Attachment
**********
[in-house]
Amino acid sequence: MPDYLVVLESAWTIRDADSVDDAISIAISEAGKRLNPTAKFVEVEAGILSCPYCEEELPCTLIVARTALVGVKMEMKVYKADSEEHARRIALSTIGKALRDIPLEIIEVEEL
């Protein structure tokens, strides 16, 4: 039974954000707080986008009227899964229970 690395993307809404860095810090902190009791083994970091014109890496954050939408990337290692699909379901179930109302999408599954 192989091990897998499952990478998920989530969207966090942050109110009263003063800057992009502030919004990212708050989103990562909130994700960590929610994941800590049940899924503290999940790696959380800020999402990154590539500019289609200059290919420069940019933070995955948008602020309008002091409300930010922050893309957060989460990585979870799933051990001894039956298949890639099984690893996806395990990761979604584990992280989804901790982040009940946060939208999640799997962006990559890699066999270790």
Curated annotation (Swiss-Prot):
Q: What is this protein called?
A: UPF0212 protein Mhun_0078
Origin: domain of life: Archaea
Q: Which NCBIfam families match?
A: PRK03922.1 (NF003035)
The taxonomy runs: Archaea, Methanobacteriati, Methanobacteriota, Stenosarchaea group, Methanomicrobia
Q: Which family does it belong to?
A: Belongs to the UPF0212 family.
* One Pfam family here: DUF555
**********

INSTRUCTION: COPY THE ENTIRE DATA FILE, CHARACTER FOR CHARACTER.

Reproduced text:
[in-house]
Amino acid sequence: MPDYLVVLESAWTIRDADSVDDAISIAISEAGKRLNPTAKFVEVEAGILSCPYCEEELPCTLIVARTALVGVKMEMKVYKADSEEHARRIALSTIGKALRDIPLEIIEVEEL
């Protein structure tokens, strides 16, 4: 039974954000707080986008009227899964229970 690395993307809404860095810090902190009791083994970091014109890496954050939408990337290692699909379901179930109302999408599954 192989091990897998499952990478998920989530969207966090942050109110009263003063800057992009502030919004990212708050989103990562909130994700960590929610994941800590049940899924503290999940790696959380800020999402990154590539500019289609200059290919420069940019933070995955948008602020309008002091409300930010922050893309957060989460990585979870799933051990001894039956298949890639099984690893996806395990990761979604584990992280989804901790982040009940946060939208999640799997962006990559890699066999270790």
Curated annotation (Swiss-Prot):
Q: What is this protein called?
A: UPF0212 protein Mhun_0078
Origin: domain of life: Archaea
Q: Which NCBIfam families match?
A: PRK03922.1 (NF003035)
The taxonomy runs: Archaea, Methanobacteriati, Methanobacteriota, Stenosarchaea group, Methanomicrobia
Q: Which family does it belong to?
A: Belongs to the UPF0212 family.
* One Pfam family here: DUF555